Standing out with pop and power, Corey remembers: “Elijah was doing 5050s up handrails as a 16 year old. He didn’t skate like a kid. He skated like a man and, obviously if you look at his footage now, he still skates like a fucking man.”
“We’d fuck with him, as he was the ‘kid’ [on the team], but Elijah was big and could probably stomp out any of us so I don’t think anyone had the balls to pick on him,” chuckles Corey, reflecting on Elijah’s relationship with the rest of the Foundation crew.
Photo: Anthony Acosta
However, he didn’t meet entirely eye-to-eye with Foundation’s team manager, Mike Sinclair, which Corey feels contributed to Elijah leaving Foundation after being told the team “didn’t need to two Duffels.”
“He wanted to ride for Foundation, and was enjoying it, but he was told to change up his attire. To tell a 16 year-old how to dress was so rude. That really pushed Elijah to think, “I’ll do, dress and skate however I want.” It sparked him from that moment on,” says Corey.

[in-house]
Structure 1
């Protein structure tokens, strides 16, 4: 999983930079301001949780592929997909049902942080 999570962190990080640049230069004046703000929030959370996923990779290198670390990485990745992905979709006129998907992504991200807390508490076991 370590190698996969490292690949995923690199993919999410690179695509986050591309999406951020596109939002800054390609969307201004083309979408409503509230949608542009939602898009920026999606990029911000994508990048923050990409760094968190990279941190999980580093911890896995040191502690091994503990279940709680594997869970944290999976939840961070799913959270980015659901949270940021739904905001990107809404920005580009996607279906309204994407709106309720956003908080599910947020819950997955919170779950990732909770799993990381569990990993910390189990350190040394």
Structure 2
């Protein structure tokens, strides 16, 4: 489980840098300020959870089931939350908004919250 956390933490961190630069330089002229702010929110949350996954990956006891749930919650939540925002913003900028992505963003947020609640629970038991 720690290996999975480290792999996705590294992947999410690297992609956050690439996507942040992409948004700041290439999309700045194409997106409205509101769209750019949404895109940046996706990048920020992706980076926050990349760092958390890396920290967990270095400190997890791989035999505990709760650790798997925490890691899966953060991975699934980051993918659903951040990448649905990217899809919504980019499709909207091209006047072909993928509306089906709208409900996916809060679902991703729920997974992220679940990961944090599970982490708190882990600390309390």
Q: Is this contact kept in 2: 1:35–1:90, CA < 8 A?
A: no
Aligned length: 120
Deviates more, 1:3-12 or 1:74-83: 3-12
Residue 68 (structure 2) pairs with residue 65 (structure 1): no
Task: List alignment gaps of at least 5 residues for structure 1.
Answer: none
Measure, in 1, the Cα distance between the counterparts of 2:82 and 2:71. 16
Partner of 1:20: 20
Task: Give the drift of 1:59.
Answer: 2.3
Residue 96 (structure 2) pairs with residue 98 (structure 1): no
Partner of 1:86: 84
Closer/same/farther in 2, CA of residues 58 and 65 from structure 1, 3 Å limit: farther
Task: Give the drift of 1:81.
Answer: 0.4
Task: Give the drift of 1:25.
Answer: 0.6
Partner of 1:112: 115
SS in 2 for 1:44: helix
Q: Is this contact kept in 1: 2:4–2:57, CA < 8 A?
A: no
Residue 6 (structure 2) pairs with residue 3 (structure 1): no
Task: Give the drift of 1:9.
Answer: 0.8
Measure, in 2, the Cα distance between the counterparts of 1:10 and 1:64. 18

“You’re confused at 16. Maybe not confused but whether you think you’re original or not you’re just doing your own thing. At least Elijah thought that so to tell him, “You can’t wear tight jeans,” was so childish because, in a year or two, Elijah wasn’t going to continue to dress how I was. He was going to go into his own direction momentarily. You just have to show support for people and allow them to blossom into their own.”
According to Corey, Elijah was kicked off Foundation for riding an Alien Workshop board in an Osiris commercial (although he called it “a mutual breakup” in a 2010 TWS Interview). “It frustrated me so much that I didn’t want to dig into it. Then when he told me Rick [Howard] and Mike [Carroll] wanted to send him boards I thought, “It’s a blessing in disguise.””